WASHINGTON – Japan and the United States remained at loggerheads Tuesday over tariffs imposed by the U.S. in March on a range of steel imports, moving Tokyo a step closer to retaliation.
“If there is no reasonable response from the U.S., Japan will have to take countermeasures,” trade minister Takeo Hiranuma said in Washington after meeting with Commerce Secretary Don Evans.
Hiranuma, minister of economy, trade, and industry, said he reiterated that Japan believes the curbs are inconsistent with World Trade Organization rules and called on the U.S. to compensate Japan for potential export losses.
Evans repeated Washington’s position that the import restrictions are consistent with WTO rules and thus the U.S. is not obliged to offer compensation, Hiranuma said.
On March 20, the U.S. imposed three-year import tariffs of up to 30 percent on an array of steel products in an effort to protect struggling U.S. steelmakers, prompting the European Union, Japan and other steel exporters to file complaints with the WTO.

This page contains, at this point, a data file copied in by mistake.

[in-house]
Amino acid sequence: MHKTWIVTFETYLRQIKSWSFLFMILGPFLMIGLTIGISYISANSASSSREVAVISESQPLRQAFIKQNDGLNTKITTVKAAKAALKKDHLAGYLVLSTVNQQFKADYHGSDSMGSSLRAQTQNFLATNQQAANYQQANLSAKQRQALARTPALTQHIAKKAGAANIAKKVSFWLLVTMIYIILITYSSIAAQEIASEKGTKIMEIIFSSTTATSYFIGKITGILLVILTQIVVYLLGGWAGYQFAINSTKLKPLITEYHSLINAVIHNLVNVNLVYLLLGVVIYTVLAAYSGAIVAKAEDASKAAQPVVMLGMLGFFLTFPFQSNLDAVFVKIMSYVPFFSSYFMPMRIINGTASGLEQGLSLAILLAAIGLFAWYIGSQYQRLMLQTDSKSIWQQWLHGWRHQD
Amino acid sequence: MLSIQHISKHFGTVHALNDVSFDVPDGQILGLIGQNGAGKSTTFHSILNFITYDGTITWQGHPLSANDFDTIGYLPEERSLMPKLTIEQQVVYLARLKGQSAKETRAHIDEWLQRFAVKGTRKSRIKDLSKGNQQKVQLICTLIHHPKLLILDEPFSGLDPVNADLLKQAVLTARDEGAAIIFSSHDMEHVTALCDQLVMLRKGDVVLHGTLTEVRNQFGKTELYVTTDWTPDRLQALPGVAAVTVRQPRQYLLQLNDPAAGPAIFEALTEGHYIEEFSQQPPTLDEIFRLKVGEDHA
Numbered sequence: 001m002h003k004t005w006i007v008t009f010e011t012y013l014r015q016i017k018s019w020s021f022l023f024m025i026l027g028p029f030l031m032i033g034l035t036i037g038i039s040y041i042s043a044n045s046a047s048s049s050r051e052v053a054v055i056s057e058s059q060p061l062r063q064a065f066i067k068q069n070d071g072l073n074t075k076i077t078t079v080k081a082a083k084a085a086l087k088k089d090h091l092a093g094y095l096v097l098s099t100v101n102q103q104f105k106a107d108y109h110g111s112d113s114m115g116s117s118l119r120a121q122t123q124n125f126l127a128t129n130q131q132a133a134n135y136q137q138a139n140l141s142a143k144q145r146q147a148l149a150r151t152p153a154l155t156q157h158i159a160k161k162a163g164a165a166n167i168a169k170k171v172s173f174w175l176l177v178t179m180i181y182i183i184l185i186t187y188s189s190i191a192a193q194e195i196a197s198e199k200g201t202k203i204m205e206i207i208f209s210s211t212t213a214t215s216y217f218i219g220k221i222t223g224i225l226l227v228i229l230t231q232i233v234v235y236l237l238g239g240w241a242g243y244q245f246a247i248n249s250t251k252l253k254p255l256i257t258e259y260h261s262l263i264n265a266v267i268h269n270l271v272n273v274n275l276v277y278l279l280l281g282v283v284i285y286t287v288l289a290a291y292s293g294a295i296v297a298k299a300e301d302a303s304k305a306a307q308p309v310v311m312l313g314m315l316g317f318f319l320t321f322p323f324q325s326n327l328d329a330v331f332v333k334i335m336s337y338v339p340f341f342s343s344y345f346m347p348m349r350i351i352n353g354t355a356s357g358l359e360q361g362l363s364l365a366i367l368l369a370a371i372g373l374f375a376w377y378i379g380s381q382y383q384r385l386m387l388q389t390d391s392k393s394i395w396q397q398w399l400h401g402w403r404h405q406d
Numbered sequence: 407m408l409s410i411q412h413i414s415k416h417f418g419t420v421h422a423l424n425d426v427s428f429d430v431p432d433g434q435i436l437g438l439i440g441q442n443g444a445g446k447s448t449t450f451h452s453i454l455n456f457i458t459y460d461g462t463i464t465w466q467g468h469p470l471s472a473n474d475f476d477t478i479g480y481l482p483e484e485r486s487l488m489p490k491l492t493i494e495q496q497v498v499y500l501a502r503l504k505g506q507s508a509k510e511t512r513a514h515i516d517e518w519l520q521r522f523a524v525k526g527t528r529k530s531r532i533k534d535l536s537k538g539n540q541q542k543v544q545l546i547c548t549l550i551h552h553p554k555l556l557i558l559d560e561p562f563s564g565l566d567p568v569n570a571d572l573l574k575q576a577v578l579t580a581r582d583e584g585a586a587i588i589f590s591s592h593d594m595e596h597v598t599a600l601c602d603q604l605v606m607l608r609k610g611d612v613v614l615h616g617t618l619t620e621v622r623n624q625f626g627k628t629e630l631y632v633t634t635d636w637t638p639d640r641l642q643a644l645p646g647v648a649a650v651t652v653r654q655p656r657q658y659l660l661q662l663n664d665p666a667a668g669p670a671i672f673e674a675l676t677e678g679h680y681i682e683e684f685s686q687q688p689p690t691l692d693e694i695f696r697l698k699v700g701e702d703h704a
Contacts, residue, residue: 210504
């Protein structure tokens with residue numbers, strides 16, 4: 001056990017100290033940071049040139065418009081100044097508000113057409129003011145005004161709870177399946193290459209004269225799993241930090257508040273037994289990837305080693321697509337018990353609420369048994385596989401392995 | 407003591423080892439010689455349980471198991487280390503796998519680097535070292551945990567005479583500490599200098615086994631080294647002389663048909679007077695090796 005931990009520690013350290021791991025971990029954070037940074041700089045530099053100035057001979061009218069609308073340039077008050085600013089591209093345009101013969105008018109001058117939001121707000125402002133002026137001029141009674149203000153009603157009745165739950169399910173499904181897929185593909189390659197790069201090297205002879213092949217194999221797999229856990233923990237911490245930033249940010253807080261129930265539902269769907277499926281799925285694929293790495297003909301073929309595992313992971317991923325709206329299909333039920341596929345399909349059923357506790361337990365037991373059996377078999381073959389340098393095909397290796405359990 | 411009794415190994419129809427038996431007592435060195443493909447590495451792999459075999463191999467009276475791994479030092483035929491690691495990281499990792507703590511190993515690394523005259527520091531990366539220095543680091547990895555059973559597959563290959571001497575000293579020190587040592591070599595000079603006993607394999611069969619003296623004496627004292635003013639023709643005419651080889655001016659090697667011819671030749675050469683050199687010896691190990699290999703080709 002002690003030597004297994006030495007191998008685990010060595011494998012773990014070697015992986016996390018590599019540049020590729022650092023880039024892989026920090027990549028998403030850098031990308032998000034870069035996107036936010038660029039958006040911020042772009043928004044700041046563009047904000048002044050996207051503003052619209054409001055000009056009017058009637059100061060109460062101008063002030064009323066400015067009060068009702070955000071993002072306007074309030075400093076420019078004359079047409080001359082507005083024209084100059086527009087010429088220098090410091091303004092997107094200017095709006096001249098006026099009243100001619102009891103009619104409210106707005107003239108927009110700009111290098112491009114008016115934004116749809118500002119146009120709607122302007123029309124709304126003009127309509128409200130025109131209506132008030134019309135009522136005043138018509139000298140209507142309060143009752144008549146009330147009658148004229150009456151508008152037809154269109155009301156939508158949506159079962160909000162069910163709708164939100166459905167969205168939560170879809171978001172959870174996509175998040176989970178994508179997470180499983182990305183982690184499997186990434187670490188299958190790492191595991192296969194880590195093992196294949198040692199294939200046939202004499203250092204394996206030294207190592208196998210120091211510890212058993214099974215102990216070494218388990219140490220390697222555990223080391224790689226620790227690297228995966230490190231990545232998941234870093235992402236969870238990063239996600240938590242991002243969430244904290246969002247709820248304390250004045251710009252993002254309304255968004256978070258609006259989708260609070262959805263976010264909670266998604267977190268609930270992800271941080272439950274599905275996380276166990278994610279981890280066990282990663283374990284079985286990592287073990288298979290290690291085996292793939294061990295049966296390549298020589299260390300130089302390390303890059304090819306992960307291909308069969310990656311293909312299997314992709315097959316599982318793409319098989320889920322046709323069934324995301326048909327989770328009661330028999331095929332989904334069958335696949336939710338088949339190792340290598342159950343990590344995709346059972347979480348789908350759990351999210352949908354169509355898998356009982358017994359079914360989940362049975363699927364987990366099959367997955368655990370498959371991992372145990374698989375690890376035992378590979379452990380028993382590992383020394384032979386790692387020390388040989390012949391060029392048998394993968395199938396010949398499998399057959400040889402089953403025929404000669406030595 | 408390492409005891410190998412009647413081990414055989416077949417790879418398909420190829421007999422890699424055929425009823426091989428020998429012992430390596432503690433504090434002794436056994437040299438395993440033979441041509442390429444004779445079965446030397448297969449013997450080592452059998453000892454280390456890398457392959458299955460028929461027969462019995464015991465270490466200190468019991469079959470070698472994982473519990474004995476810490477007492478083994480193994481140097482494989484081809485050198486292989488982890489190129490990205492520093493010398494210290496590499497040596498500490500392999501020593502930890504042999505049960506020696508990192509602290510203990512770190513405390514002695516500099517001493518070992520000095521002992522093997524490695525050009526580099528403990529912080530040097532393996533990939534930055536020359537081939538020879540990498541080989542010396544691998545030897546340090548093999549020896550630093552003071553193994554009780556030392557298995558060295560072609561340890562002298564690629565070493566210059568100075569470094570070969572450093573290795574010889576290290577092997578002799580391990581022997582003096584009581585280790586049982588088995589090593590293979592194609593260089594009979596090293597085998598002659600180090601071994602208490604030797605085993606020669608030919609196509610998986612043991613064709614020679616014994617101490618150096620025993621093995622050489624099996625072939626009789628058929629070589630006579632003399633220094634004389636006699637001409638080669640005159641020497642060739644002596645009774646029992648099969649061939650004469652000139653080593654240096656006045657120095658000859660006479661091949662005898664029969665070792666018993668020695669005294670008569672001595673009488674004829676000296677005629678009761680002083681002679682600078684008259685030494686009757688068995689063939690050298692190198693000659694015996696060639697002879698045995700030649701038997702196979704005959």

May 17 will be the effective deadline for countries to decide whether to implement countermeasures, as those seeking to impose countervailing tariffs on American goods must submit a list of targeted products to the WTO by this date.
Countervailing tariffs would have to be introduced within 30 days of the WTO notification.
Hiranuma said he asked Evans to examine carefully dumping charges leveled by the U.S. steel industry against imports of cold-rolled steel.
The Commerce Department issued a preliminary ruling Monday that cold-rolled steel products imported from Japan and 19 other exporters are being dumped on the U.S. market.
“We have recognition that Japan’s domestic prices (of cold-rolled steel) are lower than export prices,” Hiranuma said.
The U.S. International Trade Commission issued a preliminary ruling in November that the cold-rolled steel imports are hurting the U.S. steel industry.
If the Commerce Department and the ITC each issue a final ruling that supports the U.S. industry’s complaint, antidumping duties will be imposed on the products.
Cold-rolled steel, Japan’s mainstay steel export, is a high value-added product used in automobiles, electrical appliances and other equipment.
It already faces the highest additional tariff rate of 30 percent under the U.S. import restriction measures.
Hiranuma, who arrived in Washington earlier Tuesday, was also scheduled to meet with U.S. Trade Representative Robert Zoellick on Wednesday.
He was scheduled to fly to Detroit on Wednesday evening to attend a meeting of energy ministers from the Group of Eight industrial powers.
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